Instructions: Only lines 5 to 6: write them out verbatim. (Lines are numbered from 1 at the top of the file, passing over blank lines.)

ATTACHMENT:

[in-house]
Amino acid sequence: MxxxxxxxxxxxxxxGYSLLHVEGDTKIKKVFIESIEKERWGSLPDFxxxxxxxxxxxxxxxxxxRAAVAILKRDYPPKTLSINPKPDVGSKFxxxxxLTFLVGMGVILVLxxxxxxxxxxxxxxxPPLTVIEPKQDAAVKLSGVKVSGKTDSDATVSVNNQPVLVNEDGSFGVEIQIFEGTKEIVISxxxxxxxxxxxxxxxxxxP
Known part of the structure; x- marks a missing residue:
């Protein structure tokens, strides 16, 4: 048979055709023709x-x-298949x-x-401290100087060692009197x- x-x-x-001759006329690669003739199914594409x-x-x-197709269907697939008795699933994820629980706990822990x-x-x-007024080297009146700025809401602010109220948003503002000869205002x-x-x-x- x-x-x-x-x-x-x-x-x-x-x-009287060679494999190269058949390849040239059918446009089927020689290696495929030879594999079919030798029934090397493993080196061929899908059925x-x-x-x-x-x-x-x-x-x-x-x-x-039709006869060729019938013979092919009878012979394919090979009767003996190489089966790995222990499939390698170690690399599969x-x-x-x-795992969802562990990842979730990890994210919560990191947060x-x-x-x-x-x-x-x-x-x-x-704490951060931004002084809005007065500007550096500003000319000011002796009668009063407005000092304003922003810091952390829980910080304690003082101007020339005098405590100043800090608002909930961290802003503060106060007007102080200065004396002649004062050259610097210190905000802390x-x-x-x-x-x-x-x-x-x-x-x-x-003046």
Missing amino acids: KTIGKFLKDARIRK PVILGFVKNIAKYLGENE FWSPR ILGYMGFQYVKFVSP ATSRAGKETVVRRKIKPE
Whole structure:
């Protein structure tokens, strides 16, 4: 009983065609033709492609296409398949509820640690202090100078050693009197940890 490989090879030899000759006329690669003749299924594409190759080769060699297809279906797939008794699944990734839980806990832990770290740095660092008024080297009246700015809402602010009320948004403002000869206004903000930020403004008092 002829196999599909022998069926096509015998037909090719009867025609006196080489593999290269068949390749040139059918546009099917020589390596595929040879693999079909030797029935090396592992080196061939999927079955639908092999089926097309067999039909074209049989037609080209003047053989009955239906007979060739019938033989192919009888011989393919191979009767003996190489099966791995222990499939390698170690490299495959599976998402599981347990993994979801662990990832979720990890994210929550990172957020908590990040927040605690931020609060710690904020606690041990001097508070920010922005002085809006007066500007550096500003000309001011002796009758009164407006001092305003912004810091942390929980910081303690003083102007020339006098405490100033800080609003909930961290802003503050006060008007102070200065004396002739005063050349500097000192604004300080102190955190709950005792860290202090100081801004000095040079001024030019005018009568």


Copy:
Missing amino acids: KTIGKFLKDARIRK PVILGFVKNIAKYLGENE FWSPR ILGYMGFQYVKFVSP ATSRAGKETVVRRKIKPE
Whole structure: